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Annales Geophysicae An interactive open-access journal of the European Geosciences Union
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Volume 14, issue 2
Ann. Geophys., 14, 227–237, 1996
https://doi.org/10.1007/s00585-996-0227-z
© European Geosciences Union 1996
Ann. Geophys., 14, 227–237, 1996
https://doi.org/10.1007/s00585-996-0227-z
© European Geosciences Union 1996

  29 Feb 1996

29 Feb 1996

Rocket observation of atomic oxygen and night airglow: Measurement of concentration with an improved resonance fluorescence technique

K. Kita, T. Imamura, N. Iwagami, W. H. Morrow, and T. Ogawa K. Kita et al.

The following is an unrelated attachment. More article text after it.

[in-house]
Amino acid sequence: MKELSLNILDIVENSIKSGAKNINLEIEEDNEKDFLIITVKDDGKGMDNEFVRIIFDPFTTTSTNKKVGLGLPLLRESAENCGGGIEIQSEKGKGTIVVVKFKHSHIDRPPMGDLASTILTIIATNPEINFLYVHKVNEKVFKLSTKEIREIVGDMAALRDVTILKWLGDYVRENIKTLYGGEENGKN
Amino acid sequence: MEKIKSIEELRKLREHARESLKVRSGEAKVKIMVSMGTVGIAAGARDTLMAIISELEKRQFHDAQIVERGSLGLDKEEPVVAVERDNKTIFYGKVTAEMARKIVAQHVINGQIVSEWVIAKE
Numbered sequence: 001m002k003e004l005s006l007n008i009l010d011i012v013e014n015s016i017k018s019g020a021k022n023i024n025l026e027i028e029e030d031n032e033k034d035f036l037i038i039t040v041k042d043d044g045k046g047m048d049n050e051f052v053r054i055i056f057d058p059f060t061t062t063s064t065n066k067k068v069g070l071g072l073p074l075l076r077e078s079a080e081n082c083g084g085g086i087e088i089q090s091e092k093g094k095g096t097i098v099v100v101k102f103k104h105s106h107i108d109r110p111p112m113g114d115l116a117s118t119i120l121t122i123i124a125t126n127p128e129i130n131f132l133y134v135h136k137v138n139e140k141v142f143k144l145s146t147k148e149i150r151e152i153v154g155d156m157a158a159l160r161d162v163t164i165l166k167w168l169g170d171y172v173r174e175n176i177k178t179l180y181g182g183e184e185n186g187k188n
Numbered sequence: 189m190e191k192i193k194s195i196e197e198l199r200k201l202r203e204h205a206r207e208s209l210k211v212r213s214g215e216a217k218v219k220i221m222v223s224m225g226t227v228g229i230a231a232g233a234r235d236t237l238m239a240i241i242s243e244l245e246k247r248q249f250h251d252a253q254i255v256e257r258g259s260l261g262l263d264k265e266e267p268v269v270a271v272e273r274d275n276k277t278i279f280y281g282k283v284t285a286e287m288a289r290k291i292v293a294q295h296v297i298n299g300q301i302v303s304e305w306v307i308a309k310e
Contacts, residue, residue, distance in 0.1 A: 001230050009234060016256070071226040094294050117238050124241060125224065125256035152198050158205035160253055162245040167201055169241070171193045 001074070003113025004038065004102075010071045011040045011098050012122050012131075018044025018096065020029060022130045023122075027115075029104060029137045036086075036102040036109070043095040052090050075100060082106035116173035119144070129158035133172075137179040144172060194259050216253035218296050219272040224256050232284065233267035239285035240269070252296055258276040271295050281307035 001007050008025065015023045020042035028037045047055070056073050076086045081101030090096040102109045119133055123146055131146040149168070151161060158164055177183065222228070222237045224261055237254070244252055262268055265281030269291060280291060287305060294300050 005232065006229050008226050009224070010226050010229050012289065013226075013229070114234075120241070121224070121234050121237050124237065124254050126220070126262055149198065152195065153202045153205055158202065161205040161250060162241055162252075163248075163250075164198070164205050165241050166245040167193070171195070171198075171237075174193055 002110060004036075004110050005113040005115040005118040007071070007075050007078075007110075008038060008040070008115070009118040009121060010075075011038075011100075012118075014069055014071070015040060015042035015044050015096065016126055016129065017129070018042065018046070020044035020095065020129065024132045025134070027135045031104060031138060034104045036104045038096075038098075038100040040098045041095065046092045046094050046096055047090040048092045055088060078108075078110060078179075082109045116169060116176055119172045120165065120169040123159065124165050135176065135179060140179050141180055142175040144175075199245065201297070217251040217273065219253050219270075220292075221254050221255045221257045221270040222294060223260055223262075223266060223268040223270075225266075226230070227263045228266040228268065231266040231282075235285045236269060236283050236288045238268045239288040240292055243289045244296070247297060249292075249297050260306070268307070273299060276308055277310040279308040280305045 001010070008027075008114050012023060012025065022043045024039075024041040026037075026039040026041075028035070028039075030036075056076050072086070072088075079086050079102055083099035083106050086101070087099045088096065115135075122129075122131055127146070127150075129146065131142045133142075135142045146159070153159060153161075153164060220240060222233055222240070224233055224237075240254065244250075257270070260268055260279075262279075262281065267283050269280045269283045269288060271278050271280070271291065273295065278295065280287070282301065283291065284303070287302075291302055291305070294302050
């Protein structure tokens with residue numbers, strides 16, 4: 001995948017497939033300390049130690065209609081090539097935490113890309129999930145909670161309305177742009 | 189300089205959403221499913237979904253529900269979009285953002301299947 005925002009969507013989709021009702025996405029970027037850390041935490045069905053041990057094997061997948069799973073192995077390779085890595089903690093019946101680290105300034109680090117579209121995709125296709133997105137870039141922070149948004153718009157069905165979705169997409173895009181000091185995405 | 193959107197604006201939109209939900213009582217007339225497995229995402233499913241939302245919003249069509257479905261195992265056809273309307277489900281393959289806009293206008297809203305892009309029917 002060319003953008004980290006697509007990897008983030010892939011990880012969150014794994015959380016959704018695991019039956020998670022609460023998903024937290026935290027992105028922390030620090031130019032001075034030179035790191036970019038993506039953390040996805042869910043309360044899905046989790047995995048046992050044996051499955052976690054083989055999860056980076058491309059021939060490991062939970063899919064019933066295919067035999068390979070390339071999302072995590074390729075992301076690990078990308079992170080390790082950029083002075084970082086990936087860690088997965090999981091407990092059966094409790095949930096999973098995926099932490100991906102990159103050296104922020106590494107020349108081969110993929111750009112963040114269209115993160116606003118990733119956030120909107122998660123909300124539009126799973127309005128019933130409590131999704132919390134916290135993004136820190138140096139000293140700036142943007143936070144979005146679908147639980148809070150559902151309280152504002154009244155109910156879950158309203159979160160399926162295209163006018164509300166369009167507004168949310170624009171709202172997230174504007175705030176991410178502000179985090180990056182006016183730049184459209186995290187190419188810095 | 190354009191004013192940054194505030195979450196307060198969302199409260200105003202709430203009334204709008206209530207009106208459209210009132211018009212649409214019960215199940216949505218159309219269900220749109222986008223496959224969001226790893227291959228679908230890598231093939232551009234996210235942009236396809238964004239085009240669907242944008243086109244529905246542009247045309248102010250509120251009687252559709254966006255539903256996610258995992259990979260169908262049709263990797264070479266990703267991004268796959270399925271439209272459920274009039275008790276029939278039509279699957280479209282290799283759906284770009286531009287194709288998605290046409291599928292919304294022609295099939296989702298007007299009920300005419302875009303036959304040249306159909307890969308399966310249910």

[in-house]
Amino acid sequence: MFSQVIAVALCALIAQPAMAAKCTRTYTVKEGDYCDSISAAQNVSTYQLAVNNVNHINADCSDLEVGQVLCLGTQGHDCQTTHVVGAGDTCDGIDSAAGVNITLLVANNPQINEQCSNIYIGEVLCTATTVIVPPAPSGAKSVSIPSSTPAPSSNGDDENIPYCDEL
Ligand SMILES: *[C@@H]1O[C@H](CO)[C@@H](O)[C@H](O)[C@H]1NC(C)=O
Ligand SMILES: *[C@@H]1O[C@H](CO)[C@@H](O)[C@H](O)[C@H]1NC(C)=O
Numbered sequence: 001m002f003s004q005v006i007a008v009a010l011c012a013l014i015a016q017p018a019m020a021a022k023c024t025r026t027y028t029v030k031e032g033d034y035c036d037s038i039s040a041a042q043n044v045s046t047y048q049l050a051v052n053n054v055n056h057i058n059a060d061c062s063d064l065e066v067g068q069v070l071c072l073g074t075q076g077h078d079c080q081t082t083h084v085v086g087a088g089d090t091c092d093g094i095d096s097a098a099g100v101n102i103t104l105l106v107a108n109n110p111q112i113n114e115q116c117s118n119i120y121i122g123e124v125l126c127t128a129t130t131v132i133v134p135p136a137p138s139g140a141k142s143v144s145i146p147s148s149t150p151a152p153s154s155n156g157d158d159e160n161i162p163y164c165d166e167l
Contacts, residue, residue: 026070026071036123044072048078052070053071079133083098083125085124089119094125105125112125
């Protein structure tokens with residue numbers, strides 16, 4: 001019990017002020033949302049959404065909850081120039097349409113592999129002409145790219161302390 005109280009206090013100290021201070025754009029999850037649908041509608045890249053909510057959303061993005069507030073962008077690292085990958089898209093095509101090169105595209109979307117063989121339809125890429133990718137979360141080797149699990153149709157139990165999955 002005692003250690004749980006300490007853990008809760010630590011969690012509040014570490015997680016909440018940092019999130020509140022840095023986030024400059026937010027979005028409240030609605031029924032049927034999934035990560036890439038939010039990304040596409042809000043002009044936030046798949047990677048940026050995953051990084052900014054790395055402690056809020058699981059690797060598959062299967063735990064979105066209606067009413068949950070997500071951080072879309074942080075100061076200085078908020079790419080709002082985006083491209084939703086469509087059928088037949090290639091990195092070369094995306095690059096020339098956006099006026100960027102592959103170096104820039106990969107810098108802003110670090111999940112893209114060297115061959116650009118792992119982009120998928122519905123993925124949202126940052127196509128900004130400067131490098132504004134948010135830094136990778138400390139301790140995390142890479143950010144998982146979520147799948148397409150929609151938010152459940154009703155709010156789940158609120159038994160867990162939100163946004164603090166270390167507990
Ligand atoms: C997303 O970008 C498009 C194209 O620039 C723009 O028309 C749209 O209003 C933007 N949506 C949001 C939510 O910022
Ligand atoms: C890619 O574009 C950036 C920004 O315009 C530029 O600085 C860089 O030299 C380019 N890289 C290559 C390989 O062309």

Abstract. An improved resonant fluorescence instrument for measuring atomic oxygen concentration was developed to avoid the Doppler effect and the aerodynamic shock effect due to the supersonic motion of a rocket. The shock effect is reduced by adopting a sharp wedge-shaped housing and by scanning of the detector field of view to change the distance between the scattering volume and the surface of the housing. The scanning enables us to determine absolute values of atomic oxygen concentration from relative variation of the scattered light signal due to the self-absorption. The instrument was calibrated in the laboratory, and the numerical simulation reproduced the calibration result. Using the instrument, the altitude profile of atomic oxygen concentration was observed by a rocket experiment at Uchinoura (31°N) on 28 January 1992. The data obtained from the rocket experiment were not perfectly free from the shock effect, but errors due to the effect were reduced by the data analysis procedure. The observed maximum concentration was 3.8× 1011 cm–3 at altitudes around 94 km. The systematic error is estimated to be less than ±0.7×1011 cm–3 and the relative random error is less than±0.07× 1011 cm–3at the same altitudes. The altitude profile of the OI 557.7-nm airglow was also observed in the same rocket experiment. The maximum volume emission rate was found to be 150 photons cm–3 s–1 at 94 km. The observed altitude profiles are compared with the MSIS model and other in situ observations.

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